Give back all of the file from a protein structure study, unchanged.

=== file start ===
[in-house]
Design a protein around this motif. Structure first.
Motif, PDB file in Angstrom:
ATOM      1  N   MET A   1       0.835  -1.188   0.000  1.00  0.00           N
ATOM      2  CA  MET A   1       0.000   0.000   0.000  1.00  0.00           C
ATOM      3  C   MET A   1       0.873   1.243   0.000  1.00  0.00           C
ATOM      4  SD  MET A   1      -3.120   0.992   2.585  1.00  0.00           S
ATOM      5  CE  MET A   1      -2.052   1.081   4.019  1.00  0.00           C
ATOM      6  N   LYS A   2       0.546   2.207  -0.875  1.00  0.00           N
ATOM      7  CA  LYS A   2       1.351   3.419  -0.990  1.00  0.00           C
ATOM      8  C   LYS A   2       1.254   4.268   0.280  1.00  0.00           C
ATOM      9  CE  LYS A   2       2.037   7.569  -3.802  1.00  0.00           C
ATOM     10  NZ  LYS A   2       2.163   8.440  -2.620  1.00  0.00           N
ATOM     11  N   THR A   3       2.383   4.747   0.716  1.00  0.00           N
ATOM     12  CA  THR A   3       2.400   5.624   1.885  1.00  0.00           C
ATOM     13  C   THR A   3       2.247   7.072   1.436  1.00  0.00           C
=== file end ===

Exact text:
[in-house]
Design a protein around this motif. Structure first.
Motif, PDB file in Angstrom:
ATOM      1  N   MET A   1       0.835  -1.188   0.000  1.00  0.00           N
ATOM      2  CA  MET A   1       0.000   0.000   0.000  1.00  0.00           C
ATOM      3  C   MET A   1       0.873   1.243   0.000  1.00  0.00           C
ATOM      4  SD  MET A   1      -3.120   0.992   2.585  1.00  0.00           S
ATOM      5  CE  MET A   1      -2.052   1.081   4.019  1.00  0.00           C
ATOM      6  N   LYS A   2       0.546   2.207  -0.875  1.00  0.00           N
ATOM      7  CA  LYS A   2       1.351   3.419  -0.990  1.00  0.00           C
ATOM      8  C   LYS A   2       1.254   4.268   0.280  1.00  0.00           C
ATOM      9  CE  LYS A   2       2.037   7.569  -3.802  1.00  0.00           C
ATOM     10  NZ  LYS A   2       2.163   8.440  -2.620  1.00  0.00           N
ATOM     11  N   THR A   3       2.383   4.747   0.716  1.00  0.00           N
ATOM     12  CA  THR A   3       2.400   5.624   1.885  1.00  0.00           C
ATOM     13  C   THR A   3       2.247   7.072   1.436  1.00  0.00           C